Rewriting the rules
"Them fiscul rools" is not a phrase heard often down the "Dog and Duck". No matter. The rewriting of the rules flourished so often by Gordon Brown to prove his prudence will have a real impact on the man and woman in the pub or at the water-cooler.
It will make it easier for the government to justify not putting up our taxes in the year to come and almost inevitable that they'll have to rise after that.
No wonder an economist told David Cameron at a Tory economic summit yesterday that "the next election is the one to lose".
The rule that matters in this story is the one that places a self-imposed limit on the amount the government can borrow. This year it's sure to be broken because the flow of taxes into the Treasury's coffers is drying up and they have nothing saved for this very rainy day.
Ministers could hike taxes to deal with the problem. They could slash spending. They prefer, of course, to borrow more. Rewriting the rules will allow them to do just that.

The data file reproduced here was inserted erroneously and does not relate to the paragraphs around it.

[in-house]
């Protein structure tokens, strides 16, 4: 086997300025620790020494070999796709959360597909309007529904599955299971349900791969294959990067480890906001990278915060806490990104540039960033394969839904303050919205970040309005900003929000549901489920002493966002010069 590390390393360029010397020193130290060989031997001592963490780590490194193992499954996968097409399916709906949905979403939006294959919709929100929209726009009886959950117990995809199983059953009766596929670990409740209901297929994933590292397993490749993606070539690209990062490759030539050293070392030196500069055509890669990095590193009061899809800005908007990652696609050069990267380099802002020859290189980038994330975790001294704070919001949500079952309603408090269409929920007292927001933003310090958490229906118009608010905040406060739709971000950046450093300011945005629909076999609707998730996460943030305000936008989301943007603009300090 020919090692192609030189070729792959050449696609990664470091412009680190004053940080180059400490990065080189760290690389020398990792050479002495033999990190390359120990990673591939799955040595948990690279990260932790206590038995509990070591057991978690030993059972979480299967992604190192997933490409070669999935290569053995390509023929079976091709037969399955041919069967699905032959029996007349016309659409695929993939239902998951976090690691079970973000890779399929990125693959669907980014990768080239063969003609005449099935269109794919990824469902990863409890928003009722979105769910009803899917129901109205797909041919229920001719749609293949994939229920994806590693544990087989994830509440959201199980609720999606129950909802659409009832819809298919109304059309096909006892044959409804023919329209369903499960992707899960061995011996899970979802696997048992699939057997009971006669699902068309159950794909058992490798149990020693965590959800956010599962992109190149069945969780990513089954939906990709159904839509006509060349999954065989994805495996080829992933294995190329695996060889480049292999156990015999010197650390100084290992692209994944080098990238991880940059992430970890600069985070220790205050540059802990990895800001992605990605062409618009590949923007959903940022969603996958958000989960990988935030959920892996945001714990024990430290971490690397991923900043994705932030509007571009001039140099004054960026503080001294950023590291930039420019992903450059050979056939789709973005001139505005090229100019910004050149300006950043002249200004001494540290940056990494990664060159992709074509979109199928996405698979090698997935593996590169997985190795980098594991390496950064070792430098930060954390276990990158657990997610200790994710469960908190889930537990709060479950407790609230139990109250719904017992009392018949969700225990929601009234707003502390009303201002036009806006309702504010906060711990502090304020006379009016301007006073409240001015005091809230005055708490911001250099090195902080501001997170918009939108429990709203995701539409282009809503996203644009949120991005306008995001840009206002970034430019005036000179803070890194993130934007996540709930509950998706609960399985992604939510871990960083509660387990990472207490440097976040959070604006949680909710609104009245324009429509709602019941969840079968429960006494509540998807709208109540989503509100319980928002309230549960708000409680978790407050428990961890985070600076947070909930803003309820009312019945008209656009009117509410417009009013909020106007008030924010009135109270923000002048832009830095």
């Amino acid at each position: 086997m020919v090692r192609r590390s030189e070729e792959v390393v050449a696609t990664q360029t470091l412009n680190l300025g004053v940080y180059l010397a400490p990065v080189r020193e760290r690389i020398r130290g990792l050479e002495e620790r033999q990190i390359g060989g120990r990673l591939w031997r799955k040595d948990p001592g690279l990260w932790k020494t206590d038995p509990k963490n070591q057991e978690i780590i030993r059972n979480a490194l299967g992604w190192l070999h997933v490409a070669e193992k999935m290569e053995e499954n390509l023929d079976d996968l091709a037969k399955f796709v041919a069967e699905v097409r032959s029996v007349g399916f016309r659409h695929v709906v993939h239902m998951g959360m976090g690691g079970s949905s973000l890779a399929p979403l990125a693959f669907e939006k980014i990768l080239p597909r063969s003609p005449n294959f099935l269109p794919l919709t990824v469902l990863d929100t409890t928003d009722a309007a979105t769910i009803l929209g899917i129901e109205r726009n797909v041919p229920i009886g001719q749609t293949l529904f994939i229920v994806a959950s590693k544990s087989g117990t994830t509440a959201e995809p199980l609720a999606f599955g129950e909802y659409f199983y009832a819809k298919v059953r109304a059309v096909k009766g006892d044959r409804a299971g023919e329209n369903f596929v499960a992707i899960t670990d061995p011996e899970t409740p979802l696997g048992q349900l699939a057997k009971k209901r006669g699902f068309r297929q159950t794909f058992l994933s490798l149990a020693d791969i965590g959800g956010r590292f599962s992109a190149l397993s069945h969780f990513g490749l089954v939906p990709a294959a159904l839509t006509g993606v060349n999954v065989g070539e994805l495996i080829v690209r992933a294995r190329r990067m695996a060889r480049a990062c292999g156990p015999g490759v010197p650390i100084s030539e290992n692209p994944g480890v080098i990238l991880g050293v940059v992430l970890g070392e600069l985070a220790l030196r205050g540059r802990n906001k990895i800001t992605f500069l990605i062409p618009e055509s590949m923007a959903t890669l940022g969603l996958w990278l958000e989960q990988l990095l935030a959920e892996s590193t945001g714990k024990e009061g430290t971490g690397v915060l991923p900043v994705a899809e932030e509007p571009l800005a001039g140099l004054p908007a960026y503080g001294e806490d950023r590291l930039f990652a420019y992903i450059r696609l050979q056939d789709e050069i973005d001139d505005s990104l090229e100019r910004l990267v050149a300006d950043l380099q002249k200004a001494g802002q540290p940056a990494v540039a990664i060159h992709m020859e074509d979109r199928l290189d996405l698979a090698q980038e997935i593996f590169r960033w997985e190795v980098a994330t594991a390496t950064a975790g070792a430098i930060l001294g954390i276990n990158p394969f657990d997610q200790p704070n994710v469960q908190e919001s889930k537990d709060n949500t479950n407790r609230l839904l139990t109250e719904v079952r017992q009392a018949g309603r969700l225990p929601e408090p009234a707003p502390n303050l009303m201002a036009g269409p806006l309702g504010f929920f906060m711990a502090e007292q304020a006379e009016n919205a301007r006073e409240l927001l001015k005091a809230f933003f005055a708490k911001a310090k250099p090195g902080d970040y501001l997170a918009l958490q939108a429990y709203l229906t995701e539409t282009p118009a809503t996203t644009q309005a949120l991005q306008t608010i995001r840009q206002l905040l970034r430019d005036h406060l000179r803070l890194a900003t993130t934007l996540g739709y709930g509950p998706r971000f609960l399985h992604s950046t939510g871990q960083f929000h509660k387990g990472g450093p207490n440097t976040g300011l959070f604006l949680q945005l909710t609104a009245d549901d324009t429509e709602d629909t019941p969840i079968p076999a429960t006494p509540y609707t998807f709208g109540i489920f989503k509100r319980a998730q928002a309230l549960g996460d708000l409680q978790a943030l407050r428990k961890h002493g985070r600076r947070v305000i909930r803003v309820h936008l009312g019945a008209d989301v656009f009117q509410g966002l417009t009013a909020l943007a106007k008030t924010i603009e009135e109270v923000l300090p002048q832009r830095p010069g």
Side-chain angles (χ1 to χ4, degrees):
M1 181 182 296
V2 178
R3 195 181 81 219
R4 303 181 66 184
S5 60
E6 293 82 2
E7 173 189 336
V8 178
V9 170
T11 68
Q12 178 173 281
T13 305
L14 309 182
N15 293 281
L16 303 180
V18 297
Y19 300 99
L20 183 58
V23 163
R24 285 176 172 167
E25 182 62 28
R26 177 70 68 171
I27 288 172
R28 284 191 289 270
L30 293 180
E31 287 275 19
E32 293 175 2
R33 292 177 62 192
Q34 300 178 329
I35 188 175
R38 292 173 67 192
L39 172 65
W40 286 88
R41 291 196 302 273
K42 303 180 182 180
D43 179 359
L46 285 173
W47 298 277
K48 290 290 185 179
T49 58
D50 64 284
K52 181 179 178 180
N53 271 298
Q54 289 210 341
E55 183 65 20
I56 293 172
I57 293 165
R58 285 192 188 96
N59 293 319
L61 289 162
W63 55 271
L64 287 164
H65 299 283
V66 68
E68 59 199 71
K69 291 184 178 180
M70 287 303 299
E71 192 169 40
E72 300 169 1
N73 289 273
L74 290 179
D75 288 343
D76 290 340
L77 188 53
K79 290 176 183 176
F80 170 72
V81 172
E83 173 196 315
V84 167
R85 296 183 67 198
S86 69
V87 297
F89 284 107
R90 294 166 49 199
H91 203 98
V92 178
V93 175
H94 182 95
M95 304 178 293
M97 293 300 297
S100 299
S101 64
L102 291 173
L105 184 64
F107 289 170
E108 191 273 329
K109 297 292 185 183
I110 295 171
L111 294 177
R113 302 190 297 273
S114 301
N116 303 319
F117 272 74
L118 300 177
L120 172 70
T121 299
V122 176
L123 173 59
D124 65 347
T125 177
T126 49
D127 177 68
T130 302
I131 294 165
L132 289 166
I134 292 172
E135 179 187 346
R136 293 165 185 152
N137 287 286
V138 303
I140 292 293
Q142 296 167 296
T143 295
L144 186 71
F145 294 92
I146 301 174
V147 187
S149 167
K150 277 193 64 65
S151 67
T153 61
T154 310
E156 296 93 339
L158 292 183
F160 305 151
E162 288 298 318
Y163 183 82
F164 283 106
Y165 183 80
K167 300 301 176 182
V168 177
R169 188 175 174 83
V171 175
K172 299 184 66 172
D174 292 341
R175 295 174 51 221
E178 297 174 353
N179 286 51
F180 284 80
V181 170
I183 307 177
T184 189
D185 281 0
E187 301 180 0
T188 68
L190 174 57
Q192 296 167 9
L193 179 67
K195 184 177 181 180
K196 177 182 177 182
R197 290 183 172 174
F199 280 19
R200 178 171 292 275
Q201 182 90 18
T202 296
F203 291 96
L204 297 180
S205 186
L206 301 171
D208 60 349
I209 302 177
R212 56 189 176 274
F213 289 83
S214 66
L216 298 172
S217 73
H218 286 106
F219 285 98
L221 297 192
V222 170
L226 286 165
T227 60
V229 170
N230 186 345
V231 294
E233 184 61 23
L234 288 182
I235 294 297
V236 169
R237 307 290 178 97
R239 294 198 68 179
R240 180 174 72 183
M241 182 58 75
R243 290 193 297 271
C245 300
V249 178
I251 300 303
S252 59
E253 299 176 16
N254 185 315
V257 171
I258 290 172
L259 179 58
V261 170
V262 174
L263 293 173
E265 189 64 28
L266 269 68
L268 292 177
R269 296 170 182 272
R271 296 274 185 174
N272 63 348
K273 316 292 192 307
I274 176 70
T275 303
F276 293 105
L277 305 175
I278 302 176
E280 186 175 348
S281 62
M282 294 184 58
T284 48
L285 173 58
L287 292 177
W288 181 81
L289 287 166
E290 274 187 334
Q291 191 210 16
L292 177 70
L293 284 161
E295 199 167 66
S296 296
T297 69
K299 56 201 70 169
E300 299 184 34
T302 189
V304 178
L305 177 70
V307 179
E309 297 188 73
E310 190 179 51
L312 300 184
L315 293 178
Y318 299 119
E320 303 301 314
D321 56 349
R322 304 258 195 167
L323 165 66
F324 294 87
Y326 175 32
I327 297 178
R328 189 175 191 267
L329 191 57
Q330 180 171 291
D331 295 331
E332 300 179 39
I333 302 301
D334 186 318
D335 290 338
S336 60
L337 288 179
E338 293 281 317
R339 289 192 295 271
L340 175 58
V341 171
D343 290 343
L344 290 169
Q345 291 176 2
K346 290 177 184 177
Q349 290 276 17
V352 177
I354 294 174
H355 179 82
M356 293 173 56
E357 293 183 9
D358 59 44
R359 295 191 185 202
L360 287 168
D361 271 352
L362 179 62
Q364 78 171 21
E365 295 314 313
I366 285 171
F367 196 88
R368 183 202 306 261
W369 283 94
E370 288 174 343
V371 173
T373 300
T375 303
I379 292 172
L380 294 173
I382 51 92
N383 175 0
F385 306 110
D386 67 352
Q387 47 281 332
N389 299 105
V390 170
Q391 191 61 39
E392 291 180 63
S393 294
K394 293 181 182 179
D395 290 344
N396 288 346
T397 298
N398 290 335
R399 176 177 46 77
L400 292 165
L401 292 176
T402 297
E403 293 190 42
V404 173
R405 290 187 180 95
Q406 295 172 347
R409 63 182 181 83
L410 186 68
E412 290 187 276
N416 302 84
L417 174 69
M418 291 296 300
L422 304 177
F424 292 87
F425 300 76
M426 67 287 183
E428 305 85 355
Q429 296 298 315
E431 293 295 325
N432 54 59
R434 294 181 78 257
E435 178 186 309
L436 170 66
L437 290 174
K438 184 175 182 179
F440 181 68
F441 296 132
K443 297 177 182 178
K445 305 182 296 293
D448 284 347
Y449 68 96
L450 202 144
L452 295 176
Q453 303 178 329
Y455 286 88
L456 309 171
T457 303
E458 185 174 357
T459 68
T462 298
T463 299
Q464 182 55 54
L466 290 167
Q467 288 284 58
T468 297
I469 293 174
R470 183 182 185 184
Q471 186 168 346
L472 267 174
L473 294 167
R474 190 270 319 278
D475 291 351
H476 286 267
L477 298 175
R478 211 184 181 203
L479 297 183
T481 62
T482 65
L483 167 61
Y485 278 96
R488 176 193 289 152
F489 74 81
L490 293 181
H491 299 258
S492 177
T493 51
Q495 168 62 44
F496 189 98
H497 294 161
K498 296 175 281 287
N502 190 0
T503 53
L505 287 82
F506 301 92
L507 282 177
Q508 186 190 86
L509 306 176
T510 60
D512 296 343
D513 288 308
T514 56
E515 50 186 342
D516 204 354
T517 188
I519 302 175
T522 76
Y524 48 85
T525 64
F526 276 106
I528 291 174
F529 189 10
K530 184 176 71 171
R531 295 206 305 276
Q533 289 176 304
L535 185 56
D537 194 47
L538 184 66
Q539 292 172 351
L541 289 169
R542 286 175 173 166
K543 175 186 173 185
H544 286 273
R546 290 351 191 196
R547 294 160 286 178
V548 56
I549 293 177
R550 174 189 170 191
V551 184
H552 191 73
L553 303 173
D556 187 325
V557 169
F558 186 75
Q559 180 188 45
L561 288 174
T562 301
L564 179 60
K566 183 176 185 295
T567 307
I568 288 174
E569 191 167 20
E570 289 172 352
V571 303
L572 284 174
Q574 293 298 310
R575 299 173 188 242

They will, of course, argue that there's an economic case for not taking money out of people's pockets or cutting public spending at a difficult time. This will be countered by those who say it is the job of the Bank of England using interest rates to ensure that the economy's not too hot and not too cold but just right.
This news poses real questions for all the parties:
Are Labour prepared to keep borrowing regardless of the fact that one day we'll all have to pick up the tab? Or could Alastair Darling behave as former Chancellors Ken Clarke and Roy Jenkins did - putting up taxes because they believed it was the economically right thing to do at the obvious political cost?
Will the Tories now make the case for a potentially unpopular combination of tax rises and spending cuts rather than the vote garnering tax cuts and spending rises?
Can the Lib Dems plausibly criticise the government for behaving as if there's "a pot of gold" to pay for tax cuts whilst themselves promising to cut the overall tax burden?
These are changed times, interesting times, defining times.